When I first moved to Rome in 2015, I was a complete mess. In between visits to the Italian consulate and meetings with my Study Abroad advisor, I spent most of my free time daydreaming about twirling pasta in front of the Colosseum and not on critically thinking about where I was going to sleep once I arrived in the eternal city. In fact, I thought it was already decided for me. The “mandatory” student housing looked pretty perfect on paper and it required very little preparation work from yours truly. Surely things would work out, right?
Spoiler: Things did not work out.
Now it’s 2019, I have lived abroad in five different countries, and I’m a self-declared master at finding housing abroad. I know the search may seem daunting, but I am here to help you learn from my mistakes so you don’t have to fall flat on your face as I did.
Let’s start with student housing… Is it worth it?
While leafing through the acceptance packet for your dream program abroad, you should come across a tidbit on housing. In some cases, faculty-arranged housing is mandatory (usually if you’re in a small group). In other cases, student housing at an additional price is “strongly suggested.”
When I flew to Rome in 2015, I ignored the fine print and thought student housing was mandatory. More importantly, I did not realize that the “budget” housing I signed up for (in an apartment of seven people, mind you) was more than THREE TIMES the normal rent for a room in Rome. Yes, I bolded that for emphasis.
In addition to the ridiculous rent, the school housing came with a special set of rules that were punishable by fines. My favorite one was that if someone stayed overnight in your room, you could be charged a fine of over 1,000€. Yup, you read that correctly.
In fact, one day I woke up to a fine of 100 euros billed to my account. Apparently, an undercover maid discovered a bottle of margarita mix in our fridge and we were all found guilty of breaking the contract. *Eye roll*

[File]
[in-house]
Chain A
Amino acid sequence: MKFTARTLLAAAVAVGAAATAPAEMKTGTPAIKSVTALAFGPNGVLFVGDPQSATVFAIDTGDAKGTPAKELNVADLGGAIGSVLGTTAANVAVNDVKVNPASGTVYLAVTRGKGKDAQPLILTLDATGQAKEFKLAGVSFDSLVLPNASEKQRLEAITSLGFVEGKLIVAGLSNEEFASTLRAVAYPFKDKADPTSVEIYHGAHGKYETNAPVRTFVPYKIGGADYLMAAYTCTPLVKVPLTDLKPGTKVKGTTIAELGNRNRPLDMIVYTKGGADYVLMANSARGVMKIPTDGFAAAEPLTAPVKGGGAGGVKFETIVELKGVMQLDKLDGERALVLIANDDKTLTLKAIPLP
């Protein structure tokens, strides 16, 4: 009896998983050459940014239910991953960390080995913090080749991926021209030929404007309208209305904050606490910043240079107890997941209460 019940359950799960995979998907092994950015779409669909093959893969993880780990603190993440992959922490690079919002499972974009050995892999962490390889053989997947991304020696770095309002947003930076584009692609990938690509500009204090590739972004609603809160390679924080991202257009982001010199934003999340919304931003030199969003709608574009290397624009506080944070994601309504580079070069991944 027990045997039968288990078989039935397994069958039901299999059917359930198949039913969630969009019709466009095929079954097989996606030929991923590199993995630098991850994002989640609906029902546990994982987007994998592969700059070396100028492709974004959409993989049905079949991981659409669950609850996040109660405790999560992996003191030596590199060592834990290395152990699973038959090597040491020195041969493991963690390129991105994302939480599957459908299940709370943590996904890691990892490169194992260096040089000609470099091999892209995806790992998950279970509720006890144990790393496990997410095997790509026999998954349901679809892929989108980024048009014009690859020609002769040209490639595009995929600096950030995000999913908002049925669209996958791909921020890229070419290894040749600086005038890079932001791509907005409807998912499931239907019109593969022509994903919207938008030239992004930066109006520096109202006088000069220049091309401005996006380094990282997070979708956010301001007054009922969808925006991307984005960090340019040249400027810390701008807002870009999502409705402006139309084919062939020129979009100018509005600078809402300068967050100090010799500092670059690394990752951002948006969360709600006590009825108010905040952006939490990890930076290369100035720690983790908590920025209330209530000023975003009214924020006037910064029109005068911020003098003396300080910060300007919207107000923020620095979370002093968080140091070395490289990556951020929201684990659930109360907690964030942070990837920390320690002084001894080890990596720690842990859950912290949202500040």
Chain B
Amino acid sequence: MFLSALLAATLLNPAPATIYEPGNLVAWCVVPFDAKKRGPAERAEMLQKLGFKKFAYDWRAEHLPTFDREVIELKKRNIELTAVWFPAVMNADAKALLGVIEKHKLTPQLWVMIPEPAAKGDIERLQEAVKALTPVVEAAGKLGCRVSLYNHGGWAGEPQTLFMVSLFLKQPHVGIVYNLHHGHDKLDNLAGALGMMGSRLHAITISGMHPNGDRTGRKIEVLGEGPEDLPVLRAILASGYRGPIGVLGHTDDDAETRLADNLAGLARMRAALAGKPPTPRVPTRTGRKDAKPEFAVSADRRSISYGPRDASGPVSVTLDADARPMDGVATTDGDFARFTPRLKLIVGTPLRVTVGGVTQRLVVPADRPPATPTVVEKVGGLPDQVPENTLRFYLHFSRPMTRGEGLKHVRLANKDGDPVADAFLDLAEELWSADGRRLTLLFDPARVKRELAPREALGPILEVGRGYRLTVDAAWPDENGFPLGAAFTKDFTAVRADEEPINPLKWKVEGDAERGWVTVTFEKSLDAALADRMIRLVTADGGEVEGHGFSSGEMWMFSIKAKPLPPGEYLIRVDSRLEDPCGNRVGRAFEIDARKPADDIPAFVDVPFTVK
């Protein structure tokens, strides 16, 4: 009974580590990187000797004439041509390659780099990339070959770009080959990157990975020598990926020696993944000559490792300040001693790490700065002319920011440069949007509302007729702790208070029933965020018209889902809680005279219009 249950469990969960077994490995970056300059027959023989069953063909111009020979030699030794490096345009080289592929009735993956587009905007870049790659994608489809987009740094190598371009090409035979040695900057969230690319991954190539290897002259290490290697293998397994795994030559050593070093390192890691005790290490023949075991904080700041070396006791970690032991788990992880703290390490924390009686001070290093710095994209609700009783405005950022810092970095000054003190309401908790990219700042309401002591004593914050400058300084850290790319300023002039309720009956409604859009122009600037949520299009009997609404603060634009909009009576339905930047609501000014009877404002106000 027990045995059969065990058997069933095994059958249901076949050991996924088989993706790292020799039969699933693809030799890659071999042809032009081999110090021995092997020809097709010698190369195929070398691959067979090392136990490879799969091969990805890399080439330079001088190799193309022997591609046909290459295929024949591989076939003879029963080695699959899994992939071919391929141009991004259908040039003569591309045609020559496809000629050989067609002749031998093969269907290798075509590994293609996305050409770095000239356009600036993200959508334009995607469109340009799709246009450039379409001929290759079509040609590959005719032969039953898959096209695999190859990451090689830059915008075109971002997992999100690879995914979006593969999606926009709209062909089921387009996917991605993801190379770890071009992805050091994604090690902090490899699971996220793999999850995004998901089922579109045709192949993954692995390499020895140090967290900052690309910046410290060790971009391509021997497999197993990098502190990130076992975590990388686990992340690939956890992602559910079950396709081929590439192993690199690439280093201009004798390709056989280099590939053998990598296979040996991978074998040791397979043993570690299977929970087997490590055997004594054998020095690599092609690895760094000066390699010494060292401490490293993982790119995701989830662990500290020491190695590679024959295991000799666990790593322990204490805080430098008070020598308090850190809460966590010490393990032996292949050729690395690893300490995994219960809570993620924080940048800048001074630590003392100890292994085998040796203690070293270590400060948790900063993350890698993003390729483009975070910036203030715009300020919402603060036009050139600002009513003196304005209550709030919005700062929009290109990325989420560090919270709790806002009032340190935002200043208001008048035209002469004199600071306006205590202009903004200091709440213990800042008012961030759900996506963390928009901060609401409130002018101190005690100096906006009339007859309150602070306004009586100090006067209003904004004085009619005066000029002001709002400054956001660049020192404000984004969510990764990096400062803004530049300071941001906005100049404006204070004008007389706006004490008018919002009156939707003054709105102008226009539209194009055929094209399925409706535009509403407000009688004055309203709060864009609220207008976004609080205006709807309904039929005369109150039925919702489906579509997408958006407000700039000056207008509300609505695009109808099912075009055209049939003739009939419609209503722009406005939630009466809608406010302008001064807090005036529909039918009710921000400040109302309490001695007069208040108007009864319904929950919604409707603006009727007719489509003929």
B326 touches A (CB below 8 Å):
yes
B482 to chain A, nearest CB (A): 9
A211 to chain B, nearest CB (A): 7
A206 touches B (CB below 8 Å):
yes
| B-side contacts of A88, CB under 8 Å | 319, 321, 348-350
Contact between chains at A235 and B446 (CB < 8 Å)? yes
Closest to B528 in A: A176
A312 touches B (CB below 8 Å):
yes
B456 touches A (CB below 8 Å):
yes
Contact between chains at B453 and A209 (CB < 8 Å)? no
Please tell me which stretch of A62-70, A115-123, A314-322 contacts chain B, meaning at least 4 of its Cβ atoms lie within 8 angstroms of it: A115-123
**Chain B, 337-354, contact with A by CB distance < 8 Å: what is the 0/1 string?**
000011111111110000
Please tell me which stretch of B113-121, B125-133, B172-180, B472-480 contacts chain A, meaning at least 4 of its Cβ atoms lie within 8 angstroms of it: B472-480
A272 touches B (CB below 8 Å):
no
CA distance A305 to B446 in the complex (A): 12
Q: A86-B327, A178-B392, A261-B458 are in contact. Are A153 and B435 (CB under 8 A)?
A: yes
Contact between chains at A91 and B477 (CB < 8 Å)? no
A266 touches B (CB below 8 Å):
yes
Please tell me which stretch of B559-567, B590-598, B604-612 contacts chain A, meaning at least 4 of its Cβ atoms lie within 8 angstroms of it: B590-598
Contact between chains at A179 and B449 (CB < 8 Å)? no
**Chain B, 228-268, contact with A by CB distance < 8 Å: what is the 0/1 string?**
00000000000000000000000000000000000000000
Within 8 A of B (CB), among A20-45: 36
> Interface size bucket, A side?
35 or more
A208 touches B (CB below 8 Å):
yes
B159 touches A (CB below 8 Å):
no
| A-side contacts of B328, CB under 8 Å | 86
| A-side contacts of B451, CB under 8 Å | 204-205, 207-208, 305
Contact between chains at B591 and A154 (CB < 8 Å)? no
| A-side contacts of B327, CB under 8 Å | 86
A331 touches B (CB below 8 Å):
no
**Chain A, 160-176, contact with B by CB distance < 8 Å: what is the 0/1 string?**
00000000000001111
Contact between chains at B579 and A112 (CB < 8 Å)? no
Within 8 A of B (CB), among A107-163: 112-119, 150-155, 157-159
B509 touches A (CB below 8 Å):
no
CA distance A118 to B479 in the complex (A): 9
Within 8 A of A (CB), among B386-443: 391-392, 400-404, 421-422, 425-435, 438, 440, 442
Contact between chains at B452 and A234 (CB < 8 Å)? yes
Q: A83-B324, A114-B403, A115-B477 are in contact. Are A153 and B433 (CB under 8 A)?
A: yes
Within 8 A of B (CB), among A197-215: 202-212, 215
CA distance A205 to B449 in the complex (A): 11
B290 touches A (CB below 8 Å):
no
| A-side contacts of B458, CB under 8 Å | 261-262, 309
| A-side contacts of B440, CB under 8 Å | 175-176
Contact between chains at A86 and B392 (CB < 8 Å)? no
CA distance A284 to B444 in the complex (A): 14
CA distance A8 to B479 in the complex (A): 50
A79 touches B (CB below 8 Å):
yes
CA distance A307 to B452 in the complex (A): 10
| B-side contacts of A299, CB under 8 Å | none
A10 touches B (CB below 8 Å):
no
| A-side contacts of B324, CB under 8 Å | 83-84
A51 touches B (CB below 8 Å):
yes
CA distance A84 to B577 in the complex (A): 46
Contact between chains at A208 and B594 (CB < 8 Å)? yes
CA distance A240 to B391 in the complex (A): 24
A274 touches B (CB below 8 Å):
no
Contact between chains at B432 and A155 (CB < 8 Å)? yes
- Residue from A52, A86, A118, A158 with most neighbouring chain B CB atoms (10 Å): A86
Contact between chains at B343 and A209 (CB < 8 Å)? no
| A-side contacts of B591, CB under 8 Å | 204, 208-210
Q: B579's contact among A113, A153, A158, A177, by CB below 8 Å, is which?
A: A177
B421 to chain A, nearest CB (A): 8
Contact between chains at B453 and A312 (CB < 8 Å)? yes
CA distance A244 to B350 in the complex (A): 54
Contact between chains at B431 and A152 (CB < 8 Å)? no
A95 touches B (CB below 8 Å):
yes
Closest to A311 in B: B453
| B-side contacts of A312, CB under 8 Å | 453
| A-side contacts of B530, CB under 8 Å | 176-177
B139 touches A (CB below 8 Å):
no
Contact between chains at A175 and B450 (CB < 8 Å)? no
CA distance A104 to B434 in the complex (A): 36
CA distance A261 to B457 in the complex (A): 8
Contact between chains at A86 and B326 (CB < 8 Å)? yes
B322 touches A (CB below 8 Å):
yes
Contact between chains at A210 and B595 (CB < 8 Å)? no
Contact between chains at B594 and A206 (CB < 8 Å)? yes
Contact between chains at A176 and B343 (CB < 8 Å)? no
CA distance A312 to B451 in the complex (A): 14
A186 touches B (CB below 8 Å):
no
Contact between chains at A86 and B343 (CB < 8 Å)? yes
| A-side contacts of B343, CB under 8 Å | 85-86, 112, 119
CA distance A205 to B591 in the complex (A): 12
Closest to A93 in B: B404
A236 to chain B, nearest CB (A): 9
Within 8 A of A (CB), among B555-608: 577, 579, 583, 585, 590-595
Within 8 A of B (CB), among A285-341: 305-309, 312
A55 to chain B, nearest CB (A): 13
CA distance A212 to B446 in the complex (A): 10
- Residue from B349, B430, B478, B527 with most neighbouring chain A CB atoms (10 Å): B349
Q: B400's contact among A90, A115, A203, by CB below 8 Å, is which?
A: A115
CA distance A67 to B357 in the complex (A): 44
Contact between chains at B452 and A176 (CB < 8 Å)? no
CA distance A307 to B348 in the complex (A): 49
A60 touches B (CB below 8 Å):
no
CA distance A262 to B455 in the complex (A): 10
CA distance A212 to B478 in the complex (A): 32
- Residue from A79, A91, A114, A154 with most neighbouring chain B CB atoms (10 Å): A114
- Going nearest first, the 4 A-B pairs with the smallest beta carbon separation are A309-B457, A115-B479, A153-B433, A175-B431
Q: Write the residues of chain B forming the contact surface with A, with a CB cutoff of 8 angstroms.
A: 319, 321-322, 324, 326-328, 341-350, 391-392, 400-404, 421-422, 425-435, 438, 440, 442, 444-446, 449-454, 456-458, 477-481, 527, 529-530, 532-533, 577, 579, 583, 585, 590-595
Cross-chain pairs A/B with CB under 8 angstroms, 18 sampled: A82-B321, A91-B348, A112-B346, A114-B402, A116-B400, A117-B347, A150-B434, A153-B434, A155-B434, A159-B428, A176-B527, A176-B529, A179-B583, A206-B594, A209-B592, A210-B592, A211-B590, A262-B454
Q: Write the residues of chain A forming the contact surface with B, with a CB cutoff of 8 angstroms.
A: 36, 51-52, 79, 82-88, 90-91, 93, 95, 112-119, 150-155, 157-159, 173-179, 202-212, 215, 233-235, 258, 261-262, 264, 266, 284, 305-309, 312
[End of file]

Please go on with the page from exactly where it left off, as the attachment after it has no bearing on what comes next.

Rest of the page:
I visited my Sicilian aunt that weekend who lives in the countryside and she was not amused by my story. I’m not kidding when I say that she called the housing director and threatened to march up to her office the next day with a head police chief (who was somehow connected to our family). The whole situation ended with me slipping 20 euro under the table to the housing director so we could all move on with our lives.
I think I might have gone off on a tangent, where was I?
Moral of the story: If you’re 100% sure that student housing is not mandatory, make sure it’s worth it. Use the resources I provide in further steps to compare the prices with normal rooms in the host city. Read the housing manual so you are familiar with the rules and regulations along with relevant fines and punishments. Lastly, look up housing reviews on sites such as iAgora to see what past residents have said.
If the housing costs double or triple the price of a regular room in the area, the rules are whack, and the reviews are iffy, it’s time to summon our inner Ariana Grande and say:
Thank U, Next.
Now let’s delve into those housing search tips
Tip #1: Take Advantage of Facebook
We are all guilty of wasting hours and hours on Facebook, but what if I told you that this website could be your best tool for finding affordable housing?